Though the veneration of a king is a traditional expression of respect Theravada Buddhists have for their righteous and benevolent rulers in general, the Chulalongkorn cult is different from, for example, the veneration of the present king, as the people worship Chulalongkorn’s spirit, while in the case of King Bhumibol they revere the living monarch. Thus, the cult has taken up many characteristics of ‘ordinary spirit cults’ — which is rather at odds with the official discourse, which presents Thailand as a civilized Buddhist nation ‘beyond the world of animism’. The most widely revered spirits in Thailand are those of legendary monks and heroes, but among them the worship of the spirit of two other kings — Naresuan and Taksin, both of whom lived in the remote past — stands out. These monarchs’ life stories are shrouded in legends, and it is not really known how they actually looked. On the other hand, King Chulalongkorn lived not so long ago, while even many details of his life are well documented, and hundreds of photographs and portraits of him are widely available. As Dr Stengs suggests, this enables the believers to create a rather personal relationship with the Royal Father, which is also clearly evident in the way they pay homage to him.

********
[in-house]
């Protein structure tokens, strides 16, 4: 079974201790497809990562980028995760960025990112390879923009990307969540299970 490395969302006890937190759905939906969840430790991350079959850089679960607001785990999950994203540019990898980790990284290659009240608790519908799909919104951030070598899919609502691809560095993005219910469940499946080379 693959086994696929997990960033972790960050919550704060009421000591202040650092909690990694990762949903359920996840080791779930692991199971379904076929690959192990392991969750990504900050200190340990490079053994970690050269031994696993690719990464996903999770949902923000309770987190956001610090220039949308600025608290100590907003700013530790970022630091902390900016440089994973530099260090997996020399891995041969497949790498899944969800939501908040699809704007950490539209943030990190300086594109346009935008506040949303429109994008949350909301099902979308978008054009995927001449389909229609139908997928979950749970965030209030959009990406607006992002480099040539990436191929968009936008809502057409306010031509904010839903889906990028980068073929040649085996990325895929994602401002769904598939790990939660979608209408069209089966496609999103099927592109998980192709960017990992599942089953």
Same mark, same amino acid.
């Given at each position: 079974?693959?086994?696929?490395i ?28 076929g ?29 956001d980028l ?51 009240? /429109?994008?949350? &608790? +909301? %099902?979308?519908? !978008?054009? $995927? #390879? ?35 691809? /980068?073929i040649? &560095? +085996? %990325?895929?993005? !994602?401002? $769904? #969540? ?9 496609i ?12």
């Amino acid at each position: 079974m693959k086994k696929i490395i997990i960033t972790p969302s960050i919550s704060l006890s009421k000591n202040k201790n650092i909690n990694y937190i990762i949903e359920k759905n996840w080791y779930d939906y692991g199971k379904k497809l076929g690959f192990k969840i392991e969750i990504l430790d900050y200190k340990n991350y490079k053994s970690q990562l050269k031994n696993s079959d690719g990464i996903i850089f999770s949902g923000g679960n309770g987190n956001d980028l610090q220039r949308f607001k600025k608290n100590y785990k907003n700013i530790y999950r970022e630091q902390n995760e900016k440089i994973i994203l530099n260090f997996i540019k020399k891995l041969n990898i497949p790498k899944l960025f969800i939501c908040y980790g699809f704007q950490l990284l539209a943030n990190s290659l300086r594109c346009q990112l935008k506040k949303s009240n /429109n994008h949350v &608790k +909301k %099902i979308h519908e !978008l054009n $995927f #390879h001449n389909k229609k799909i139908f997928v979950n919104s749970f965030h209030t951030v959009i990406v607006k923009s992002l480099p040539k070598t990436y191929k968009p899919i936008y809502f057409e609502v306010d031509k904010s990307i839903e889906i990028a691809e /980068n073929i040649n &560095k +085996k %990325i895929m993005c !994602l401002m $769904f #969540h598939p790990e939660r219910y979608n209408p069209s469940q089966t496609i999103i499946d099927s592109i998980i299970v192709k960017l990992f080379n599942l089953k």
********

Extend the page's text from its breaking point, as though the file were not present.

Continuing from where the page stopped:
While the official celebrations on Chulalongkorn Day are mainly performed by representatives of the local bureaucracy, banks, and businesses laying wreaths in front of statues of the king, the devotions enacted before Bangkok’s equestrian statue is an unofficial event in which the attendees are emotionally much more strongly involved. Scores of citizens arrive in the evening, having brought their own Chulalongkorn portrait or statuette from home with them, and place it in front of the huge statue. Besides incense and candles, they offer a well-prepared selection of the king’s favourite fruits, flowers (red and pink roses), Thai sweets, drinks (scotch, and Hennessy cognac), cigars and Winston cigarettes. Often a complete household sits on a mat in front of their portrait of the king, sometimes even having dinner together. The spiritual highlight is when they start to direct a prayer (khatha, or mantra) to the king.